A rainy night in Taipei : Taiwan

If there ever was a country which lured me with its food, it was Taiwan.


Living in Singapore, I had many friends from Taiwan. And every time we met over a beer or a kopi o peng, they kept describing how they missed Taipei, because it was the undisputed food capital of Asia. So, as it normally goes, I succumbed to the sins of gluttony that ruled my travel plans, and booked a flight to Taipei.


Visa for Indians to Taiwan


The Taiwan Taoyuan International airport, also called the Chiang Kai Shek airport, was modernistic and developed, but it was the visa process that was very interesting. Now, Indians need an advanced visa for Taiwan. But there is also a provision that individuals of certain countries (India, Indonesia etc.) who have a valid US visa, can apply for a visa on arrival through an online site. So, I applied through the website, and since there was contradicting information on different travel websites, I even wrote to the Taiwan embassy to confirm this provision. Which they did.

But at the immigration in the Taipei, they looked totally clueless. They proceeded to check the travel requirements for Indian citizens for a good 15 minutes to confirm this. A few phone-calls were made, and some fast-paced Chinese was exchanged between the immigration officers, and a lot of head-nodding was done. But after all that, I was finally let through.

I was in Taipei!


Airport to the city


When arriving in Taipei, note that the Airport is a freaking 30 km away from the city! There were 2 options for me to get to the city. First, I could take a high-speed train. But I had to get a bus from the airport to the Taoyuan High speed rain station, from where I took the HSR to Taipei main station, and change to the MRT (local train) system. This method involved carrying my heavy backpack and walking a lot, and changing transport 3 times. I Passed!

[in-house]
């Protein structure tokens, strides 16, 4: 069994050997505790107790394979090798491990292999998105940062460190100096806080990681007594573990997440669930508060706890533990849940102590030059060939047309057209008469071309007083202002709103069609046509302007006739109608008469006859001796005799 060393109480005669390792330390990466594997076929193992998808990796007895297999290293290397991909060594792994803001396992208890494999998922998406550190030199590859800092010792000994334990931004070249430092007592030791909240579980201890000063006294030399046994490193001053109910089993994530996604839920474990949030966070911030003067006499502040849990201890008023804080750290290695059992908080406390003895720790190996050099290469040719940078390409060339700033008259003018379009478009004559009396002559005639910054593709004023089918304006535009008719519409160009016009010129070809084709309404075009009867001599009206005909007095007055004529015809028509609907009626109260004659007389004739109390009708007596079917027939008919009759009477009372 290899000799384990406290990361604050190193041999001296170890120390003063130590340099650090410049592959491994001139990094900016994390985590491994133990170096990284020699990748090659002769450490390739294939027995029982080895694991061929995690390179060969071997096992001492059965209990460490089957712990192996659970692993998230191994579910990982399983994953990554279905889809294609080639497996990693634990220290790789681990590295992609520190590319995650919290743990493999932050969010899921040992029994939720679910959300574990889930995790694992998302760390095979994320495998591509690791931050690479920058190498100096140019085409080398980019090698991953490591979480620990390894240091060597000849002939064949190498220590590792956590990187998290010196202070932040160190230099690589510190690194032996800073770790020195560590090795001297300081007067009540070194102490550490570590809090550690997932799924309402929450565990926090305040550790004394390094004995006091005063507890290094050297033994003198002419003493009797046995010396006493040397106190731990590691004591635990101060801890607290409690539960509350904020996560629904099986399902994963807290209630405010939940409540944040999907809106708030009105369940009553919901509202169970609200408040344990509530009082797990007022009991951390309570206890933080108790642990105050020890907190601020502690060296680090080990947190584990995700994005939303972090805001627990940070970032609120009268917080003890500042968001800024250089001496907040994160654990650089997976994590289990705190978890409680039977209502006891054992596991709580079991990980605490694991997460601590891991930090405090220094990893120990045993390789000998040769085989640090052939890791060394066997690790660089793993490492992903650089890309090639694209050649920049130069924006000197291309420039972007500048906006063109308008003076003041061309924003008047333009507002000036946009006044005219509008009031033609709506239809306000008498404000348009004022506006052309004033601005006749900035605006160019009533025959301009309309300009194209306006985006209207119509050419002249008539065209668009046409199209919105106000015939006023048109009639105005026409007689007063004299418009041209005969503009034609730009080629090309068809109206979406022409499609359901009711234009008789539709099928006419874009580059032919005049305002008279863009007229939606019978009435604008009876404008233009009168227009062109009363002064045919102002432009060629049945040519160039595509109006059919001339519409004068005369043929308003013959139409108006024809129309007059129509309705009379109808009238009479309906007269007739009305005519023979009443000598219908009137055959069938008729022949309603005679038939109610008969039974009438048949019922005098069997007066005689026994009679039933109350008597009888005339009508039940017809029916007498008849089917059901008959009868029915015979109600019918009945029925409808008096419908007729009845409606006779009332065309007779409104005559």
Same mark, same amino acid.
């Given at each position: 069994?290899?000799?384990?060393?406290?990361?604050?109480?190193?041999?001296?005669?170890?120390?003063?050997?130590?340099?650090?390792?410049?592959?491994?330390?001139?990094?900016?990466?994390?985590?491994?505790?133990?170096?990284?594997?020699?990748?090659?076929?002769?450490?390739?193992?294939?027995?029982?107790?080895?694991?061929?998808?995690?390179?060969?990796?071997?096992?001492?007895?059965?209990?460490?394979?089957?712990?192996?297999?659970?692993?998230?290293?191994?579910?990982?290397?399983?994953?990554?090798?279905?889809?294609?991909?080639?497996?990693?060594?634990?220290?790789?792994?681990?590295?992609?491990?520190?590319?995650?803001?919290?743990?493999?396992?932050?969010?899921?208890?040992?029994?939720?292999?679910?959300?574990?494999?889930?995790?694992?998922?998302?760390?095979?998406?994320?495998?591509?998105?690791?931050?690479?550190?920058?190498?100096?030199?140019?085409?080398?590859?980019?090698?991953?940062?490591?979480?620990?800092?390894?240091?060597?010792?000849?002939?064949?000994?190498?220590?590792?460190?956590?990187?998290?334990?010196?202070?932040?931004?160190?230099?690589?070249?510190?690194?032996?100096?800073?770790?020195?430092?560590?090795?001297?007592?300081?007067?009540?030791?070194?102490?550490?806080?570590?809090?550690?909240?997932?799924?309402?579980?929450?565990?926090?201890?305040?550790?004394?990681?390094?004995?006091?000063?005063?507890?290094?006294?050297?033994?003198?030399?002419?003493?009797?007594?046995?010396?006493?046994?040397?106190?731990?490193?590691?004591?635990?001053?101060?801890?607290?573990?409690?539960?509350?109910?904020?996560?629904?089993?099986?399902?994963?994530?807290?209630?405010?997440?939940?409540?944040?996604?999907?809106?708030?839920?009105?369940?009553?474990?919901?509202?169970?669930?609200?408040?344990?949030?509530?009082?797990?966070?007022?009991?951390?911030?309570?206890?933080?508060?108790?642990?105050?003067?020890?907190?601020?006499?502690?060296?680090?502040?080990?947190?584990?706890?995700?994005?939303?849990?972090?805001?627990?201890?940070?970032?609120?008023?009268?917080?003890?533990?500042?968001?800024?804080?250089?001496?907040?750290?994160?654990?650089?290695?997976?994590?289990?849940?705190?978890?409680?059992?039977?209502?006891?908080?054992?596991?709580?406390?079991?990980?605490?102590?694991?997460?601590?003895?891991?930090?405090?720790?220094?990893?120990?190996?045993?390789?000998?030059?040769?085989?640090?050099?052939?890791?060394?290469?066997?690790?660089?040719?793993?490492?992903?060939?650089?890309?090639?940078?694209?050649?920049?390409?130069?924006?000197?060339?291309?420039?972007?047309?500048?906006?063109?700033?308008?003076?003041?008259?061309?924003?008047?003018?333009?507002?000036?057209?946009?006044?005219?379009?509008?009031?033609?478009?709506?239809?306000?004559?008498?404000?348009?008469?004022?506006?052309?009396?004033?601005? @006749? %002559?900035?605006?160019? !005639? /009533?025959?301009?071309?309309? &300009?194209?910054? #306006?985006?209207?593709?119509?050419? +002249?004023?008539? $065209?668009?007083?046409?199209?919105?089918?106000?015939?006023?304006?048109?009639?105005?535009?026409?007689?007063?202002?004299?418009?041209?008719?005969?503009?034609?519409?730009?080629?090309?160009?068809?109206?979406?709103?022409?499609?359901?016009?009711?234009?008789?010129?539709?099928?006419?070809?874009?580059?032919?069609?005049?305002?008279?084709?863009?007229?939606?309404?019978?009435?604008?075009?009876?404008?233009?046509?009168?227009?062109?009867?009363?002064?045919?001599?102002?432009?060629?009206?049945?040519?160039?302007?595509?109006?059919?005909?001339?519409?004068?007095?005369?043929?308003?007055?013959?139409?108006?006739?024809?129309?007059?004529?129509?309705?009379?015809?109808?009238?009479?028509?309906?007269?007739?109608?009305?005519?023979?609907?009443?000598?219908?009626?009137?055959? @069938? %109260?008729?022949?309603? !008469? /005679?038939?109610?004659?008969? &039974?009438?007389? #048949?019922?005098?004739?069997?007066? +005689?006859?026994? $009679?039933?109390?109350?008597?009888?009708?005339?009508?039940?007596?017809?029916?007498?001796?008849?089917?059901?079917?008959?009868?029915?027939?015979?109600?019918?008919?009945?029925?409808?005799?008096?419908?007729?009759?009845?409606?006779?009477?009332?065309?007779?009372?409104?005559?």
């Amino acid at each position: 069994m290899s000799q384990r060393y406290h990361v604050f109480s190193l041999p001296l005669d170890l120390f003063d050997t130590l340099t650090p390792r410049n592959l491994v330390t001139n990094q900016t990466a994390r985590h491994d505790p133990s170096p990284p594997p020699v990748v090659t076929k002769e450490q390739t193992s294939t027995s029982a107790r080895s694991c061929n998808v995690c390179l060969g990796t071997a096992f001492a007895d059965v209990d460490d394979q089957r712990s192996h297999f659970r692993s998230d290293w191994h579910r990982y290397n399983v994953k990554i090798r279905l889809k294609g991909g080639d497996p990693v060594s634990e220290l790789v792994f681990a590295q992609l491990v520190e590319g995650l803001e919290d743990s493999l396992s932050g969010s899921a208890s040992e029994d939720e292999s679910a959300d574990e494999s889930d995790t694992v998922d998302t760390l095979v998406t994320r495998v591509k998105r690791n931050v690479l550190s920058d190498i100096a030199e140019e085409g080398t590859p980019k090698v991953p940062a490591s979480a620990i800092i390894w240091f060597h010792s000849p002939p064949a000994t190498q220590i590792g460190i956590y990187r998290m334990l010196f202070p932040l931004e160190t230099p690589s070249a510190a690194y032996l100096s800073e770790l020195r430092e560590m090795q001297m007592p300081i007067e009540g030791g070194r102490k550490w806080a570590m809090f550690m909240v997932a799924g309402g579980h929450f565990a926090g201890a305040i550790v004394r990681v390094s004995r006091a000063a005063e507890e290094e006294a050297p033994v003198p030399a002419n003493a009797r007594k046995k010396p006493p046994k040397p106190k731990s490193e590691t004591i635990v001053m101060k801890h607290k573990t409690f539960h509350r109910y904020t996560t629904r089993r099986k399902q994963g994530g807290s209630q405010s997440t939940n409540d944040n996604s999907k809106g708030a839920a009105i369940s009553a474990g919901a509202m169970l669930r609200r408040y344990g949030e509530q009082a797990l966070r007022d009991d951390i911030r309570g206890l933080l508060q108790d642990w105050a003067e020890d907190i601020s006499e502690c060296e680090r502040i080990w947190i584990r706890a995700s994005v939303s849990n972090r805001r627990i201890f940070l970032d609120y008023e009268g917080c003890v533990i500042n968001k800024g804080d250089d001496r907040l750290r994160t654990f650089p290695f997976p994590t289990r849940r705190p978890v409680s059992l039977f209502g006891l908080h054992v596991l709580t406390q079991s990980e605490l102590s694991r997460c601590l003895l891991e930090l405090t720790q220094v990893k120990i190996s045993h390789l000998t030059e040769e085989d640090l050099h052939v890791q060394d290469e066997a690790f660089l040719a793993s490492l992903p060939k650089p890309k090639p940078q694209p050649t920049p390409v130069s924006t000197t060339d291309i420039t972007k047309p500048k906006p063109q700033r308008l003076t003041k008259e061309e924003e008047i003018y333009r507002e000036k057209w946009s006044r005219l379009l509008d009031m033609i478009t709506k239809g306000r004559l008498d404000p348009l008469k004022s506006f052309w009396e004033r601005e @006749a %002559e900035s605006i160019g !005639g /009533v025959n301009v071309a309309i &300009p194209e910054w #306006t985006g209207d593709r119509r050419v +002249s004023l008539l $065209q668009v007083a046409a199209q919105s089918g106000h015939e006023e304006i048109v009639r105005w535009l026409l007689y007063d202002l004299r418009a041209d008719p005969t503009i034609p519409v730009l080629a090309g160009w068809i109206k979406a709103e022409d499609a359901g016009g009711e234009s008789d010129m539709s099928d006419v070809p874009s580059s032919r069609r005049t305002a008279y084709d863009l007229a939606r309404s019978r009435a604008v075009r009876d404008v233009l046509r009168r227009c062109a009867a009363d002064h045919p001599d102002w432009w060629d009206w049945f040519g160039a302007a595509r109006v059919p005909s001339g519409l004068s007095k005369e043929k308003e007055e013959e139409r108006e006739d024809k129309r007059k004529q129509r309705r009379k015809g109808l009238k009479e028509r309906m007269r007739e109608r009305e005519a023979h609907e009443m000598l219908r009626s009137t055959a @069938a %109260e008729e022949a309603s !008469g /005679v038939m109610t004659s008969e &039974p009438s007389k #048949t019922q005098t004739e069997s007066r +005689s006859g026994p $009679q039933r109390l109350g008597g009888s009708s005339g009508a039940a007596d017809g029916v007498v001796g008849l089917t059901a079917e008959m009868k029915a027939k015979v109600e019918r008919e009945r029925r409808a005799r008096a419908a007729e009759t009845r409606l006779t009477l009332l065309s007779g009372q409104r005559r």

The other method, was taking an Express airport bus, which cost around NT130 (5 USD) and goes all the way to most of the major hotels and bus-stops. Refer the route-map for a bus which goes to your desired location. I paid the required fare, got on the air-conditioned and spacious bus, and dozed off in minutes.


A rainy night in Xinyi and the Taipei 101


Only to be woken up after about 45-50 minutes by the bus driver, whom I had informed of my stop previously. I had booked myself at a hostel in Xinyi district, which was just 10 minutes from the Taipei 101. I down from the bus, only to find myself drenched in rain in no time!

Taiwan was definitely not kind to me on this trip, as the rain almost never stopped during my 5 days there! The first night, I stayed in my hostel hoping the next night would be better. Not to be! So, on the second night, I opted to just brave it and finally stepped outside my hostel, for some rainy-day pictures of Taipei.

Xinyi Taipei Taiwan
Streets of Xinyi, Taipei
Xinyi Taipei Taiwan
Waiting

A short walk down Xinyi road, with my camera carefully tucked inside the umbrella, (I could get wet, but cant afford to get my camera wet!), I finally came face to face with Taipei 101, the second tallest skyscraper in the world. But I couldn’t get any closer. The rain was suddenly too strong for me to proceed, so I took one solitary picture of the giant building, and returned back to my hostel, determined to come back for more.

Taipei 101
The Taipei 101 is probably most recognizable tourist symbol for Taipei.

When I got up the next day, I could have gone back to see the tower, but instead, I walked to the MRT station, and caught a connecting train to the Taipei train station. Why? Because the Taipei 101 could wait. But I had to catch a train to Hualien first!


Well, that will be another story!

Taipei Railway Station
All inter-city railways are from the Taipei railway station, which is probably the largest that I have come across in Asia so far.

 



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